First Published on 6/30/2017
Updated on 9/2/2019
In the month of June 2017, I have shared the articles about meditation and its effectiveness in helping the racing thoughts in depression and anxiety on my Facebook Page. It prompts me to think about sharing with you the apps I had used to help me with my meditation when I first started meditating.
Research have found meditation very helpful with coping depression, anxiety, and trauma. I also added the articles in the end of this entry if you are interested in further reading about the impact of meditation and coping with depression, anxiety and yoga.
So, here are some apps I have tried:
This is the first meditation app I have tried. You can use the first 10 days for free, and that was the main reason I tried it. I found it very useful in the first 10 days when I was getting used to meditation. The developer used video to show and to introduce what’s meditation and why it is working to calm the mind. I also liked the idea of 10 minutes a day and how he introduced the learners into meditation by observing the sound, the physical sensations, and to let your thoughts go crazy.
You have to buy the app after 10 days. So, I kept going to the first 10 days and eventually stopped using it. I introduced this app to some clients and they bought the app after 10 days. They reported the app very helpful to guide them through anxiety and racing thoughts.
2. Meditation timer:
After the Headspace, I found this app. It’s a simple timer. That’s it, just a timer with a function to set up the reminder to medicate. I used it for a few years on and off. I like it because it is simple and it helps to remind me “time to medicate” with the notification setup. I can set up the time to meditate depending on the time I have. For example, in between seeing clients, I can set the time to meditate for few minutes.
This is the one I started to adapt to my practice recently. I “fell of the wagon” from meditation for about 18 months. Last year, I tried to meditate consistently but haven’t been successful. I ran into this app accidentally while I was playing with my new iphone. The new iPhone has a “health” app and it introduced me to this app.
What I like about this app is that it has the meditation timer as I needed. You can check in before the meditation (physical, mental, and emotional), and it will give you some guide meditation that suit with your situation. It also counted how many times you have meditated and how many days you meditate consecutively.
Somehow, the accumulation of the time and days I have meditated motivated me to continue to meditate. I also like how it gives you few guided meditation in different areas. If you want to have the full access, you can upgrade to the premium. However, I don’t have that needs and still find the app suites my needs.
This is another app coming out from the iPhone app suggestion. I compared this one and “Breath” and settled with Breath.
(The following paragraph is uppdated pn 9/2/2019.)
A very close friend told me that she has been using Calm and really loved it. So, I decided to give it a try and sign up for a year.
I like the app enough but not in love with it. Surprisingly, what really works for me is the “sleep” section where the app read a story to help you falling into sleep. For some unknown reason, it actually helps! I found myself falling into sound sleep within 5 minutes of lying in bed!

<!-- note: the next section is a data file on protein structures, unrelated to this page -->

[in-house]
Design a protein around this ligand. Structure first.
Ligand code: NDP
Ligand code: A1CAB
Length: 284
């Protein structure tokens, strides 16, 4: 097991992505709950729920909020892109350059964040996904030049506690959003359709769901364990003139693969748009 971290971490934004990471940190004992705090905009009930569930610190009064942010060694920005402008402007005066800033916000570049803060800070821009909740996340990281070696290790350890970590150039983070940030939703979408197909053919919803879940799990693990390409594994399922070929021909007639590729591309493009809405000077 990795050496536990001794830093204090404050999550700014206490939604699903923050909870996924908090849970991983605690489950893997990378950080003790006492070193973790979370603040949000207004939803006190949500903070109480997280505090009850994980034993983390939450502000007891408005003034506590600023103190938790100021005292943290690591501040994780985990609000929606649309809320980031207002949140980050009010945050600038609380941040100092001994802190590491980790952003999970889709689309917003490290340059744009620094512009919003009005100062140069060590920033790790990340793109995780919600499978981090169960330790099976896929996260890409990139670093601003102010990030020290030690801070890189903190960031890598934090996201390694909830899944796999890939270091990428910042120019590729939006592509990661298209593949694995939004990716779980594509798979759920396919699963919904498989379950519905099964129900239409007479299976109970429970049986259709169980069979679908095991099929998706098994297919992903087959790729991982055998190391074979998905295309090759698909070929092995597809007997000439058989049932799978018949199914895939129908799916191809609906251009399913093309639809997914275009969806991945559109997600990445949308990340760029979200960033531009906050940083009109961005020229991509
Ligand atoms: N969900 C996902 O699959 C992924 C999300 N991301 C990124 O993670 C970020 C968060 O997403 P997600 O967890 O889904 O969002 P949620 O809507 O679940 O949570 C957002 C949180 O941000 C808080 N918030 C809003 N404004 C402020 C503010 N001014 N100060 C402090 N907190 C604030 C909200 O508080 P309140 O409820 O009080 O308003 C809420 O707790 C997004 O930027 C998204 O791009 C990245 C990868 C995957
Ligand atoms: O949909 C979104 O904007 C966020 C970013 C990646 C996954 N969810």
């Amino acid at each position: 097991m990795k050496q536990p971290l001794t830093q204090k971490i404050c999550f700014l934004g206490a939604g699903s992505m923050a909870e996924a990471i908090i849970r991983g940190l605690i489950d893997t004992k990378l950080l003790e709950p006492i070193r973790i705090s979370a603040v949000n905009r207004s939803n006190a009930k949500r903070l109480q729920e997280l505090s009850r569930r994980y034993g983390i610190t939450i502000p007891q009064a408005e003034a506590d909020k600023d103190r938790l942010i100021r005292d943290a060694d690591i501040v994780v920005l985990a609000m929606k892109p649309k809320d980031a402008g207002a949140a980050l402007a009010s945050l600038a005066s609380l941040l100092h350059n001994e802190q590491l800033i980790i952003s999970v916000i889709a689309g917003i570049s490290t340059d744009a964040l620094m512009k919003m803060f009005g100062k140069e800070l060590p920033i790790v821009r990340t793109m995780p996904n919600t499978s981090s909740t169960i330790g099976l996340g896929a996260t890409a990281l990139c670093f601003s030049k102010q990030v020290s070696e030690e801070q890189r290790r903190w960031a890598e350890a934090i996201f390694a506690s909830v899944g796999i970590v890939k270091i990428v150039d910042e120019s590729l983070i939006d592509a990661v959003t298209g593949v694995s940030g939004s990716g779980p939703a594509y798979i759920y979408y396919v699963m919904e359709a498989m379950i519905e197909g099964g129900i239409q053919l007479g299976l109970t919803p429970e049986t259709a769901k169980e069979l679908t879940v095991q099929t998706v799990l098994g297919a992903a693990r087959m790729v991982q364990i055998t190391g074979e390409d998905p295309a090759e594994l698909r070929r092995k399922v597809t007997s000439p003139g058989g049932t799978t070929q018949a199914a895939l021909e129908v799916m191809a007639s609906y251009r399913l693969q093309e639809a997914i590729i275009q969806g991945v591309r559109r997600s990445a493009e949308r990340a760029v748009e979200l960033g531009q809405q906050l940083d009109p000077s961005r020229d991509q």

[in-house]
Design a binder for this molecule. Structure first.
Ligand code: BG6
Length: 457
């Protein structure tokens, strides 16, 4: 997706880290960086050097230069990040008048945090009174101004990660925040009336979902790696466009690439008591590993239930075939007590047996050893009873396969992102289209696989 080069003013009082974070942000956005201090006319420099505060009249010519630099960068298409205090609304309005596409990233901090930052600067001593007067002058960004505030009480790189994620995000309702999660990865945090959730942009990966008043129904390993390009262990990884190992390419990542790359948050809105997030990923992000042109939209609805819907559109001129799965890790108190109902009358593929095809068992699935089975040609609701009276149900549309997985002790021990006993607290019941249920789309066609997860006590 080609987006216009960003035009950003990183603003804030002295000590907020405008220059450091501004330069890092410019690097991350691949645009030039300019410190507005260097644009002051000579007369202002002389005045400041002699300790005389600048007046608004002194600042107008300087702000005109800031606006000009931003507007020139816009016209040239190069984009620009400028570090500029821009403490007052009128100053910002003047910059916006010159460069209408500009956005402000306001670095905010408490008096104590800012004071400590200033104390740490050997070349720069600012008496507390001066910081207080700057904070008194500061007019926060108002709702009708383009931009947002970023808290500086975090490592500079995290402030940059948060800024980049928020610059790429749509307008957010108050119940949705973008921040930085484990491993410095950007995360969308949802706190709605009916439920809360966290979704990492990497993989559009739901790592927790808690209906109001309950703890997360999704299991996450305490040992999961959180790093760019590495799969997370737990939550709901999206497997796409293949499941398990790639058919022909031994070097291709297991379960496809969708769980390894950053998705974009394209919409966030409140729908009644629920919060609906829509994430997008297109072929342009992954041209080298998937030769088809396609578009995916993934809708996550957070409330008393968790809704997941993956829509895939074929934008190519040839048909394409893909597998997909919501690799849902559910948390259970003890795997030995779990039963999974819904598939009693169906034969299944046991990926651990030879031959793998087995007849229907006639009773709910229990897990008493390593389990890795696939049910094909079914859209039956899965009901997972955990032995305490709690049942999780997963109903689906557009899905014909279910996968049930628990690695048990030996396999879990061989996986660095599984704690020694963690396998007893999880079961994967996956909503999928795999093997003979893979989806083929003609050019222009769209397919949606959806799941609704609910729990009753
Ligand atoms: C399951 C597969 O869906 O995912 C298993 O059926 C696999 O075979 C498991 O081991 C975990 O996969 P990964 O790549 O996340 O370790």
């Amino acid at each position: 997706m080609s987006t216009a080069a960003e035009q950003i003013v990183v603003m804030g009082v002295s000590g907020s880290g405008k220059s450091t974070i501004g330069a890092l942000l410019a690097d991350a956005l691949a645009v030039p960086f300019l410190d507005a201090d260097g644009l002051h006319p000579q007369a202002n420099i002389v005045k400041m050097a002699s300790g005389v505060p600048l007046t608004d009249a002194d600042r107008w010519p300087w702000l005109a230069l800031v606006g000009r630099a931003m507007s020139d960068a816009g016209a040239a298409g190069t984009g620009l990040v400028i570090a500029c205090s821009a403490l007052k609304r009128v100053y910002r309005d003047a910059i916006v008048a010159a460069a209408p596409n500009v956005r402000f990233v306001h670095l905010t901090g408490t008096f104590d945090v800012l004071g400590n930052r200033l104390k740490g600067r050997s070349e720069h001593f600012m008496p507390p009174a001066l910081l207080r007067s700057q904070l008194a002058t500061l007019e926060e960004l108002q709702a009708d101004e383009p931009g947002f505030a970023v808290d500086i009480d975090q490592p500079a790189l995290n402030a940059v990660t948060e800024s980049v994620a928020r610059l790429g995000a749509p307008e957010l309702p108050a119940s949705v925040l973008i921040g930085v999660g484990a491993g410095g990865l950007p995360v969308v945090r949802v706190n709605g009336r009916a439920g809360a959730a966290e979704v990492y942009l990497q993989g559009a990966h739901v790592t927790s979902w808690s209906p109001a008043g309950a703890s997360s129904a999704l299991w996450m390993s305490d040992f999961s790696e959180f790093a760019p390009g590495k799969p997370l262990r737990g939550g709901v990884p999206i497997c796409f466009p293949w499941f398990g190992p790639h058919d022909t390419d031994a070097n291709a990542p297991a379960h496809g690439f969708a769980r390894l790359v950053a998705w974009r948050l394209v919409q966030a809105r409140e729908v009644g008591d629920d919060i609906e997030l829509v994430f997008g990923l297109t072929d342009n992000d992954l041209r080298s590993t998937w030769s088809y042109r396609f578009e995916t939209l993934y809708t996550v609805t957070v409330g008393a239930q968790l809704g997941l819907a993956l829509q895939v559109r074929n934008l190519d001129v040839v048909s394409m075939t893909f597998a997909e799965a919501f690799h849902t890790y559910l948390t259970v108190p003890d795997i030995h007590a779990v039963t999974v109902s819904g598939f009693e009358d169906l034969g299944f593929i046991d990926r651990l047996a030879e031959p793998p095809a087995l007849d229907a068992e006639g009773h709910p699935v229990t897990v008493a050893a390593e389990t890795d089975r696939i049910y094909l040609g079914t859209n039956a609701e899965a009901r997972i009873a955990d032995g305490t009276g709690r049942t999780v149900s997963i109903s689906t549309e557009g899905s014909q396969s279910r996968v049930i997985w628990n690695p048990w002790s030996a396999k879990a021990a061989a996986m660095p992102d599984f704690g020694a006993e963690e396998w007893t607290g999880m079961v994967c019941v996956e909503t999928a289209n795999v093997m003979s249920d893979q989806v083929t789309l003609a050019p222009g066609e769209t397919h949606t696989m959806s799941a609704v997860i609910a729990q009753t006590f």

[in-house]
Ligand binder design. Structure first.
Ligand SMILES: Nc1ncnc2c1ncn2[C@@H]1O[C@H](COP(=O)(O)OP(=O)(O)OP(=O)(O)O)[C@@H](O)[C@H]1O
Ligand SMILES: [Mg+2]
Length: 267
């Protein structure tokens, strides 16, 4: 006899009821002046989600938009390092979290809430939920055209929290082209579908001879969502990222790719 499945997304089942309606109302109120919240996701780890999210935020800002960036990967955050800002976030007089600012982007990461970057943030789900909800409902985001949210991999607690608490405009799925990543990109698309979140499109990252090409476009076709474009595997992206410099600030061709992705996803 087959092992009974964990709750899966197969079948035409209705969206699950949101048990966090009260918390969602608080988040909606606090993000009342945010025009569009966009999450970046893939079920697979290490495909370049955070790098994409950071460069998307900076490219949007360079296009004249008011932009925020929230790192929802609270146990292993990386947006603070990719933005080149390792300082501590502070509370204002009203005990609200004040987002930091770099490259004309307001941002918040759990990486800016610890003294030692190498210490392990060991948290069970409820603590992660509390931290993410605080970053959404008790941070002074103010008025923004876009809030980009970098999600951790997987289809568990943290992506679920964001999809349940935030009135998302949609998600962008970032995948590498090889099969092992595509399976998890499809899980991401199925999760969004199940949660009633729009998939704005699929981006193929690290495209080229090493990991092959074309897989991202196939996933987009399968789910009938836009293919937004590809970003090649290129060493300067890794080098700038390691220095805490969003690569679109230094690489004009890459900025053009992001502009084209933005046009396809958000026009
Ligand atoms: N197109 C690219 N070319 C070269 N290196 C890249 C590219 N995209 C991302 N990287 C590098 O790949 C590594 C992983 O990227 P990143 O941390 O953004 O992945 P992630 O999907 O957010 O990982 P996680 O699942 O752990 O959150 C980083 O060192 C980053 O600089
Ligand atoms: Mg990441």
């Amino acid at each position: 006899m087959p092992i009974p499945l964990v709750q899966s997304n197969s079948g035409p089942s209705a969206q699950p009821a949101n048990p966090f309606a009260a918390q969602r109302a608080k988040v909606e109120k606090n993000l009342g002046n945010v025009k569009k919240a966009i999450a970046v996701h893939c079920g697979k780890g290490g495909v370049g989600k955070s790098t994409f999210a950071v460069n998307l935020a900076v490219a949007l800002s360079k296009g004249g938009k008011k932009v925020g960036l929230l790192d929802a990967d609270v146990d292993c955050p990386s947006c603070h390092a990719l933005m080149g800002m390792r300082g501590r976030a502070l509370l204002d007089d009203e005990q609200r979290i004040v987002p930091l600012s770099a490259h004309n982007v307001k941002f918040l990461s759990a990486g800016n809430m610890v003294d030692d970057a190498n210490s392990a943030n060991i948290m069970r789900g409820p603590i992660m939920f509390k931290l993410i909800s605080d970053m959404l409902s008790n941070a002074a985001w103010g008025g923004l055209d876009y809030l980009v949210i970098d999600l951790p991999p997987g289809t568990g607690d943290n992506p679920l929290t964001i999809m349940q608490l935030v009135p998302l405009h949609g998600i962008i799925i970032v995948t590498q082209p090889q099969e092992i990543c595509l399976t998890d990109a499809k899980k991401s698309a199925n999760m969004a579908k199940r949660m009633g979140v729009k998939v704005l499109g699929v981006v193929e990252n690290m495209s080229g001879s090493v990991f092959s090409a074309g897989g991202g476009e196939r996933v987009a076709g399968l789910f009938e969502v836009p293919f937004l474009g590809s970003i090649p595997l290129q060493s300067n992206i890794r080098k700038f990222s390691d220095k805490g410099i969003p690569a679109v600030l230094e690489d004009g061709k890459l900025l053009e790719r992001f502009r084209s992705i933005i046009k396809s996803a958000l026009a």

(The following paragraph is uppdated pn 9/2/2019.)
I fall out meditation on and off in 2018. So, I decided to join a meditation meetup to help myself get back to regular meditation.
One of the members in the meditation group suggested this app and I gave it a try. This app has been the one I am consistenly using on the daily basis.
What I really like about this app is its combination of guided meditaiton, bedtime story, and timer. It has teachers from all over the world and in different languages to provide guided meditation. Whem my mind is too all over the place, I use the guided meditaiton or chanting recordings to help me grounded. When my mind is much more steady, I can use the timer and to watch my breathing.
In addition, it also offeres different classes from diffferent teachers.
Most of the resources via the app are free. You can join the membership to help support the teachers, the app, and to get the classes that are not free.
6. Other resources: University of Virginia Mindfulness Center:
When I first started meditating, I download their guided meditation to help me
For your naysayers out there who think meditation is a voodoo practice, the Mindfulness Center just proves that there is scientific evidence to show meditation does work to assist the depression and anxiety.
7. Some research studies for your reference:
This article summarized two research studies to prove that meditation does work!
Last but not the least, if you can find a local meditation group to join, that would be fantastic. I personally found it helpful to have the “peer pressure” to keep me going.
What types of app do you use and how do you find it useful or not useful? I would love to hear from you.
What Is the Molecular Signature of Mind–Body Interventions? A Systematic Review of Gene Expression Changes Induced by Meditation and Related Practices
Different Types Of Meditation Change Different Areas Of The Brain, Study Finds
6 Strategies That Science Actually Shows Are Effective For Depression
8 Science-Based Tricks For Quieting The Monkey Mind
It Works: New Study Outlines What Meditation, Yoga, & Prayer Can Do To The Human Body